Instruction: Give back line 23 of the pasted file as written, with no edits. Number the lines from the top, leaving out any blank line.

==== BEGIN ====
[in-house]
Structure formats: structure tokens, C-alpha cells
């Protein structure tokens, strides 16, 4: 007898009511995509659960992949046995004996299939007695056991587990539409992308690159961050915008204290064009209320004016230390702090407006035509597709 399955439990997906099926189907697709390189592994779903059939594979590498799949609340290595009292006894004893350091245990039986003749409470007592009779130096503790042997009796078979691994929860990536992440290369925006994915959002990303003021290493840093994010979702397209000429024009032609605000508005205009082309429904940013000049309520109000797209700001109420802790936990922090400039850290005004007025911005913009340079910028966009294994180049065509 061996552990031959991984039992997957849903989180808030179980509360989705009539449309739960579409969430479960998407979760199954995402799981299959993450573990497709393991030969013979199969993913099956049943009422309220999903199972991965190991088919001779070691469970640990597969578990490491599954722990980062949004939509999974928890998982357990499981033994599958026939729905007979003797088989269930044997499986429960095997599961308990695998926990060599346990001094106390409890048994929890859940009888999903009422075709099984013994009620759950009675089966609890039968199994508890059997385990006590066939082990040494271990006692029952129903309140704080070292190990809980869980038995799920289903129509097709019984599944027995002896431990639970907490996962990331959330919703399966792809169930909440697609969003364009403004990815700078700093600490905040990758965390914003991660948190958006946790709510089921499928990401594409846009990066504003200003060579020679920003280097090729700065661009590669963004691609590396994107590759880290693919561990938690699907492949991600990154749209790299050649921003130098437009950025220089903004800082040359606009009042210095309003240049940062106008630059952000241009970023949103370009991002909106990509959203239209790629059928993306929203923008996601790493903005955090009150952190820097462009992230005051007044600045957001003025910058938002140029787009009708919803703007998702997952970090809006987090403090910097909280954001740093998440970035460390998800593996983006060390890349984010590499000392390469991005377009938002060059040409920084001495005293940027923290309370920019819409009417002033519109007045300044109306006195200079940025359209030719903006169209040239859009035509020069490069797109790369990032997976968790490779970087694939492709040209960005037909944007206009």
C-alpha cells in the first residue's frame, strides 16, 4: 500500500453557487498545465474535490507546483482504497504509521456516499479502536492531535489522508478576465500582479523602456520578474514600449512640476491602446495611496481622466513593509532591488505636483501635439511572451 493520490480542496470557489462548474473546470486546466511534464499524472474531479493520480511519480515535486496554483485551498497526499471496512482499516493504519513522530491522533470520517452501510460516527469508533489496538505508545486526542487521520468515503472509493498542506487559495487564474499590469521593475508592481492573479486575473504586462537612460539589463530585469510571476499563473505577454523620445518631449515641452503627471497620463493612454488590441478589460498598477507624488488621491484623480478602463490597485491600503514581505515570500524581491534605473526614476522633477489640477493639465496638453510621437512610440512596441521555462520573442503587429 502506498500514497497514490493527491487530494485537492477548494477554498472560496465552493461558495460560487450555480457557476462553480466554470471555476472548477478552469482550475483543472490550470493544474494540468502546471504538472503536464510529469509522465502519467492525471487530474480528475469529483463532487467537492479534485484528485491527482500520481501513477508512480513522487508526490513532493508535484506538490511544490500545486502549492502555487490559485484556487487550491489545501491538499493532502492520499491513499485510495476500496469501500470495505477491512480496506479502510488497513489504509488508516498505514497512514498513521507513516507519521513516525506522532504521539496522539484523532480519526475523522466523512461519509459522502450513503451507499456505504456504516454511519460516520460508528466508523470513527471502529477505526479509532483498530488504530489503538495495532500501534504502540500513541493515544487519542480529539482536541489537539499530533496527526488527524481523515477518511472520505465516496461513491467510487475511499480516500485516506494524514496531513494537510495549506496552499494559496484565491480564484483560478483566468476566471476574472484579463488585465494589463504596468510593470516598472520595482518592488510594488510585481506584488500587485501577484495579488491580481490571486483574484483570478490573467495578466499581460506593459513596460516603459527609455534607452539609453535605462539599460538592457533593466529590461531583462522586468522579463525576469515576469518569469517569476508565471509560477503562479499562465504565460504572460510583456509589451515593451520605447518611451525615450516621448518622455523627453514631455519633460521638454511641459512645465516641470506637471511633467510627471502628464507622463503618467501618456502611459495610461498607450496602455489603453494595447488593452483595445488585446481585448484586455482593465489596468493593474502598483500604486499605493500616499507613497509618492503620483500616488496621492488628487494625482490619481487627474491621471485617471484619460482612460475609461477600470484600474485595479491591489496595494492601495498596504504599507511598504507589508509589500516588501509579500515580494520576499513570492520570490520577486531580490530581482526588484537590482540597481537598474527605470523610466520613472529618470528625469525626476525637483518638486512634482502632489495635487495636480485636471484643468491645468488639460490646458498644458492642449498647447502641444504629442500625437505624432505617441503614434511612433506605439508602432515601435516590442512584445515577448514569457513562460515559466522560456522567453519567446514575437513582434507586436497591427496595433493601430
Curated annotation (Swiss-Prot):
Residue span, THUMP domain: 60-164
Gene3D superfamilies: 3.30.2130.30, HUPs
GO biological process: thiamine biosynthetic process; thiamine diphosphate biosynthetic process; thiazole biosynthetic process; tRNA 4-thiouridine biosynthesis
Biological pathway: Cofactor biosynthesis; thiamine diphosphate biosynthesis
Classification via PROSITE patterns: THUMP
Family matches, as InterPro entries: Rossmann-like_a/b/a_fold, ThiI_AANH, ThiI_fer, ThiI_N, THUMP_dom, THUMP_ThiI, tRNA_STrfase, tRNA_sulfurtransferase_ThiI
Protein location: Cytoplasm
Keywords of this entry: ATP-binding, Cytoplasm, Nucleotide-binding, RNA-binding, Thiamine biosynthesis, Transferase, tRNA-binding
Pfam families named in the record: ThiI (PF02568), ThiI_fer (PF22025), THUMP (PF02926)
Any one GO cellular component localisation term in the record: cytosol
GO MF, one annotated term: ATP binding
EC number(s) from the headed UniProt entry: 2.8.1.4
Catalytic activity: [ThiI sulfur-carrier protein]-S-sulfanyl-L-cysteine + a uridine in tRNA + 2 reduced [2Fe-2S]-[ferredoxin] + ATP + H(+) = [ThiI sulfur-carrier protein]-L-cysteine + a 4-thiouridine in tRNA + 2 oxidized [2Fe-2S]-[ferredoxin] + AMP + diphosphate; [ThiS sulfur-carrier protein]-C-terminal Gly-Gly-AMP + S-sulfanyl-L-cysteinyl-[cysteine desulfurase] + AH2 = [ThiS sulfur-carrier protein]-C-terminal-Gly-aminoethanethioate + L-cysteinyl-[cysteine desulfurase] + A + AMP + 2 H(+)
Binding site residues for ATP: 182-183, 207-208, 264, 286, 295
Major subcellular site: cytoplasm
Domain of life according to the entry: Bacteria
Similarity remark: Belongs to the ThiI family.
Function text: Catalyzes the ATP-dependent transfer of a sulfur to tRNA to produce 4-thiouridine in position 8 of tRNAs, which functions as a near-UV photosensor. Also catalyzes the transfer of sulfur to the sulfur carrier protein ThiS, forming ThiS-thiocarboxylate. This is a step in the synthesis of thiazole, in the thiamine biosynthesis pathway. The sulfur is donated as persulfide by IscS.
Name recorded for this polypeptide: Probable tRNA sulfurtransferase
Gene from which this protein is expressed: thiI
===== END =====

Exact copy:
Function text: Catalyzes the ATP-dependent transfer of a sulfur to tRNA to produce 4-thiouridine in position 8 of tRNAs, which functions as a near-UV photosensor. Also catalyzes the transfer of sulfur to the sulfur carrier protein ThiS, forming ThiS-thiocarboxylate. This is a step in the synthesis of thiazole, in the thiamine biosynthesis pathway. The sulfur is donated as persulfide by IscS.